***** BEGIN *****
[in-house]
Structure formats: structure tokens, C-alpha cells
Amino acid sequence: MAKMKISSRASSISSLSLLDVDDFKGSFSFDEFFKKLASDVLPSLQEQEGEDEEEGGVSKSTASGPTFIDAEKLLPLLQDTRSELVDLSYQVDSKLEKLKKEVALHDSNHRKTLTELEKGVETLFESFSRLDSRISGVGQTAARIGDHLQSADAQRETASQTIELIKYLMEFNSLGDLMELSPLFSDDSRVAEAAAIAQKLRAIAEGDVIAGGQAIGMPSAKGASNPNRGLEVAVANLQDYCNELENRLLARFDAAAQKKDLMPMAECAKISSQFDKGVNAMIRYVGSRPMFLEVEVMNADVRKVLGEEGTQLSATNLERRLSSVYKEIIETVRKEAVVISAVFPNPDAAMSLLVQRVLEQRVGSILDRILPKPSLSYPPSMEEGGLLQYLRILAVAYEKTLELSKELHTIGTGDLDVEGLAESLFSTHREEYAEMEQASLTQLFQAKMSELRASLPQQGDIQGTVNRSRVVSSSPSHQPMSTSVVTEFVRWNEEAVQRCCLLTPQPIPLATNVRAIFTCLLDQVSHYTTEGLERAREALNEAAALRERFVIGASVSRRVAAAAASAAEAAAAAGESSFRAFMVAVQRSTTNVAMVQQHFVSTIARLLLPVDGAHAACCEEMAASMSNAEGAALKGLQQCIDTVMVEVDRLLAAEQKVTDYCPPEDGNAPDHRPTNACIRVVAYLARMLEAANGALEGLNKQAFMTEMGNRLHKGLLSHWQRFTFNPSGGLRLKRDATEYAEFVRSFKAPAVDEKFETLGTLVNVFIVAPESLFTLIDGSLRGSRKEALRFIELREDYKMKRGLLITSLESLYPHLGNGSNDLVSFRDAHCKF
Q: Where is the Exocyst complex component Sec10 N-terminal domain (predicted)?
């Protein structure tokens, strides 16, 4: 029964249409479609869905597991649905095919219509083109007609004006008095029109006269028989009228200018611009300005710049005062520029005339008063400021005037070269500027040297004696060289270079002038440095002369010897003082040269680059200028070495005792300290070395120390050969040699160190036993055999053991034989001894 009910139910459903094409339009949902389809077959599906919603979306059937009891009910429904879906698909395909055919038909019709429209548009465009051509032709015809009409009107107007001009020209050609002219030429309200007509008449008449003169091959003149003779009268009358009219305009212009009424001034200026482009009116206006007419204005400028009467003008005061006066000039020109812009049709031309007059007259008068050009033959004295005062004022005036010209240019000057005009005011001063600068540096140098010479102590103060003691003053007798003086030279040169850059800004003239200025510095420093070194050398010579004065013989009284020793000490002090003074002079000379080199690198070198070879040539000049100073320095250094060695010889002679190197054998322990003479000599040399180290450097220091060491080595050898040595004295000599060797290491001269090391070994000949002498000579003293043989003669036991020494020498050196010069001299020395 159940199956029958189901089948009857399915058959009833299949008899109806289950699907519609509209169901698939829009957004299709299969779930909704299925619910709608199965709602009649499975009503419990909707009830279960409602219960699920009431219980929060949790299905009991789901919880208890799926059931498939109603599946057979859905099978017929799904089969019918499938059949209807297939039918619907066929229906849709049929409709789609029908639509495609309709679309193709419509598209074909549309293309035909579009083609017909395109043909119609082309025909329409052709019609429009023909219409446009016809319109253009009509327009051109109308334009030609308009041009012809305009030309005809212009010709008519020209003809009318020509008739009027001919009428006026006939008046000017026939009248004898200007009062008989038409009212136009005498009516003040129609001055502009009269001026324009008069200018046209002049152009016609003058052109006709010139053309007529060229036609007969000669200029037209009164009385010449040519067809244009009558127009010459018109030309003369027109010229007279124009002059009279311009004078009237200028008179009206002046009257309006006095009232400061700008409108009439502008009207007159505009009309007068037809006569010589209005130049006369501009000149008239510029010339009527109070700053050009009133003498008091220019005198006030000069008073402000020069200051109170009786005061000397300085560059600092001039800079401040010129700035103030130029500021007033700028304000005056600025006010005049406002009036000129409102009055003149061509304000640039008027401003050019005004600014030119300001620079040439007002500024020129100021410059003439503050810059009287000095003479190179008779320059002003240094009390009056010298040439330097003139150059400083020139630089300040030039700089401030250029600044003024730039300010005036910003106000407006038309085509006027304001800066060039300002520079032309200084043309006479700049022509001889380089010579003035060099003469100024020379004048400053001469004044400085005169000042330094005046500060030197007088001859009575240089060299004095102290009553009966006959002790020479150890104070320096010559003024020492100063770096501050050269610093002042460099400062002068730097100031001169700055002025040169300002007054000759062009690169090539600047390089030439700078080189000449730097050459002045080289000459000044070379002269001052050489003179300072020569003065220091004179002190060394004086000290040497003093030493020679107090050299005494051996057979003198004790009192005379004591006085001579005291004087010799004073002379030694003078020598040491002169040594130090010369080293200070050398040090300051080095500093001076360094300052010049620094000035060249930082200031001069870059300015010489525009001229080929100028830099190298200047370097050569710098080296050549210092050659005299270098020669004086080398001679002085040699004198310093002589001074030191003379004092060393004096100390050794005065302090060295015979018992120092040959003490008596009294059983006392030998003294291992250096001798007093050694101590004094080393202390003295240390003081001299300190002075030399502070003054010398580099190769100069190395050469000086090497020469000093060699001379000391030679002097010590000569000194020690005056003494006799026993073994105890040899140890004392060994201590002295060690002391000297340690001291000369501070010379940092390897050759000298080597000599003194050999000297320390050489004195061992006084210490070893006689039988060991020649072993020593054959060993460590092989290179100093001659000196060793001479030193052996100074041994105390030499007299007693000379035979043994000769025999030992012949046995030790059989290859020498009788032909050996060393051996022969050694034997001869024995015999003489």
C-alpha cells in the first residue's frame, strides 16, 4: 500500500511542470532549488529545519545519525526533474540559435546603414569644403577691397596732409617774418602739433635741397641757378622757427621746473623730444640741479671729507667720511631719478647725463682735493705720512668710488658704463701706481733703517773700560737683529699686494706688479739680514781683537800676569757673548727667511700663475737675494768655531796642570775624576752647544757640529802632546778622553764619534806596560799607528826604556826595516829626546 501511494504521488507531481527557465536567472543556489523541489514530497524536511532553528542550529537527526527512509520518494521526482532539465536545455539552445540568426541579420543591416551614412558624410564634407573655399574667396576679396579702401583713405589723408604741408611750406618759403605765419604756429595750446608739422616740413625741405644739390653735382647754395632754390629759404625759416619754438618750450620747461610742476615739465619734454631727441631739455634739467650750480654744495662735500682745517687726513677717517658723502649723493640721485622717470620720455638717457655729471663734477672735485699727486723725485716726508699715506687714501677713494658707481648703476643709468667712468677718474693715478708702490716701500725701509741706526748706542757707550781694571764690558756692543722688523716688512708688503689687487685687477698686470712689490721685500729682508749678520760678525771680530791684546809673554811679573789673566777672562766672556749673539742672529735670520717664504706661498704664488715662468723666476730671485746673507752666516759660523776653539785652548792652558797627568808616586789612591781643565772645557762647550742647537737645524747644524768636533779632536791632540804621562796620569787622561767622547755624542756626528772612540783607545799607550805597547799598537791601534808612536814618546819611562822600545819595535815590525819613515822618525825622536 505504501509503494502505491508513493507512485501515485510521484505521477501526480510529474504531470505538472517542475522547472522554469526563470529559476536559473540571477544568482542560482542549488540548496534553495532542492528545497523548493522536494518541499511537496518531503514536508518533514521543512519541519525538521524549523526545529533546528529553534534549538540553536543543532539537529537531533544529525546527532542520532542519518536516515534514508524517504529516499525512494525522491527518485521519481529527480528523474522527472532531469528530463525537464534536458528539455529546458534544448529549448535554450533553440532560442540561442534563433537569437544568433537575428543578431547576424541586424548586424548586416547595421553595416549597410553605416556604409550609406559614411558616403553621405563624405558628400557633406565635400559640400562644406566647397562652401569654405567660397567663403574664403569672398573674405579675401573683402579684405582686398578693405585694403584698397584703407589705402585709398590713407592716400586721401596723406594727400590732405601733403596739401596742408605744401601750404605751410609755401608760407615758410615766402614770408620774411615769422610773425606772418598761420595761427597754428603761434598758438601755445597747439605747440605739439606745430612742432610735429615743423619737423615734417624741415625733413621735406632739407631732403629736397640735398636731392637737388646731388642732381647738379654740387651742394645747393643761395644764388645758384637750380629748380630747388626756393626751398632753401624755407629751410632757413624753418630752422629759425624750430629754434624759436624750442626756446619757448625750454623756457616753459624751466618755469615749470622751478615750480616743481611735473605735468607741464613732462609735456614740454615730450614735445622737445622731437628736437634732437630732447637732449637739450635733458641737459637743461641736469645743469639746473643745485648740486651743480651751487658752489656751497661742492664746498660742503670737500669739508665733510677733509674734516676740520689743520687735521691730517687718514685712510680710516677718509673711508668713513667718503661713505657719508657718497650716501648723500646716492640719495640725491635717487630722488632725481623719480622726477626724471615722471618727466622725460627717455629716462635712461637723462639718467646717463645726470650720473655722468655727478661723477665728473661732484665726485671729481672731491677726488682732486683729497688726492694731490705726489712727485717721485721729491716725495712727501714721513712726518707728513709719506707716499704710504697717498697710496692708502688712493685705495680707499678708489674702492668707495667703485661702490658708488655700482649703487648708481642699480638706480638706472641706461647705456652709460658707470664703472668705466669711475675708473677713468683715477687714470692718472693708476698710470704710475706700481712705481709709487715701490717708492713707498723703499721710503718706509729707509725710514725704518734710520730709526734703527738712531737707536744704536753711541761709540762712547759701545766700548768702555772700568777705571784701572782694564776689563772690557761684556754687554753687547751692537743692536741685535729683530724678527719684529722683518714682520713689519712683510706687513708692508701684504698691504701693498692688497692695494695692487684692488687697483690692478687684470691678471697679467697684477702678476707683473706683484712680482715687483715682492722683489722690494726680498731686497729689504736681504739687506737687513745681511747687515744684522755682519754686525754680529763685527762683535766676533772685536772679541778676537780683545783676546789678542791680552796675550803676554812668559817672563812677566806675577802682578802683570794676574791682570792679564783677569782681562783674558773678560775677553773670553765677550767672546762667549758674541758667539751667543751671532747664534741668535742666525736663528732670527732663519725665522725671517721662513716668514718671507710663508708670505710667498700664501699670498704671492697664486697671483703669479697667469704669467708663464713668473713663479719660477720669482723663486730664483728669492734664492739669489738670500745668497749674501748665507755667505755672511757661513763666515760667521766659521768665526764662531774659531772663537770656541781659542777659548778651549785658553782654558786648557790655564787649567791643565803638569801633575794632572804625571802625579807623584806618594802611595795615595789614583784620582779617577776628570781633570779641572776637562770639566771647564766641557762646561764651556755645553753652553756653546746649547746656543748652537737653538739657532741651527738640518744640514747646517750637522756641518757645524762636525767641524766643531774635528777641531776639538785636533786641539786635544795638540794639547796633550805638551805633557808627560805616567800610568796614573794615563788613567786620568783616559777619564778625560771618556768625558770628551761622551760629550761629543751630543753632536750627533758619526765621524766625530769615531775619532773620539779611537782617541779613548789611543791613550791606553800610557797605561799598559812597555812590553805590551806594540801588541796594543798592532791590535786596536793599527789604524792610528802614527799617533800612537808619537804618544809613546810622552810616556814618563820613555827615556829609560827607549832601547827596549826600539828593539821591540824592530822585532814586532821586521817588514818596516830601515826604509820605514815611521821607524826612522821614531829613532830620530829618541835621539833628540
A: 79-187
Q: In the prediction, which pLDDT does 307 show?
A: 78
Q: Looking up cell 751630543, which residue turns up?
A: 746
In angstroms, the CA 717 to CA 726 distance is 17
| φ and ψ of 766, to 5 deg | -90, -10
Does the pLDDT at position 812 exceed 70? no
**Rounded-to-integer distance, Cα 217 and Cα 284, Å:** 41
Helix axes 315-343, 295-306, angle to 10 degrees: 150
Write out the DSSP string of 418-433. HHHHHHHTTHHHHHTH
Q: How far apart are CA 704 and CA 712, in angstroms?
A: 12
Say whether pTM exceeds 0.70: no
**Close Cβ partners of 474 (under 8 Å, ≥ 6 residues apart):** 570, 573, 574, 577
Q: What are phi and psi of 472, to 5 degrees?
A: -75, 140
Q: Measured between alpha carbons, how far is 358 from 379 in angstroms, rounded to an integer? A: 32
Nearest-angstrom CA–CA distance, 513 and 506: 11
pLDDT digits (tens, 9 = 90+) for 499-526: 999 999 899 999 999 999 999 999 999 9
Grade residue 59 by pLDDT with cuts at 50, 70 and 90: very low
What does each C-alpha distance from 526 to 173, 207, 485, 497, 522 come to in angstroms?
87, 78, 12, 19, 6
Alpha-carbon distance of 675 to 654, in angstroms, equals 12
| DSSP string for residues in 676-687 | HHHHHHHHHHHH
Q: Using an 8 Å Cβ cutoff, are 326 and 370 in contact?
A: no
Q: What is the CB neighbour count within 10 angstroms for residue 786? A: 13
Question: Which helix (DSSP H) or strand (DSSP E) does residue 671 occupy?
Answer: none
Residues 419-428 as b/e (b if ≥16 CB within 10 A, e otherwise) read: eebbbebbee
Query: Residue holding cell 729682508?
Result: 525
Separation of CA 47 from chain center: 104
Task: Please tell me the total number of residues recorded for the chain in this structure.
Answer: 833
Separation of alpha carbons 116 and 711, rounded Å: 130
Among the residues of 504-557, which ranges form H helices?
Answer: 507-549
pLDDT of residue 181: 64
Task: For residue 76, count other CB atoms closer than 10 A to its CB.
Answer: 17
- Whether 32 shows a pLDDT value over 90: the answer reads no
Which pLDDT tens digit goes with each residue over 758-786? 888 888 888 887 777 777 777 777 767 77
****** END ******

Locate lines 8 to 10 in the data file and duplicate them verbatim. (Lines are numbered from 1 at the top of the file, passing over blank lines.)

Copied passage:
Q: In the prediction, which pLDDT does 307 show?
A: 78
Q: Looking up cell 751630543, which residue turns up?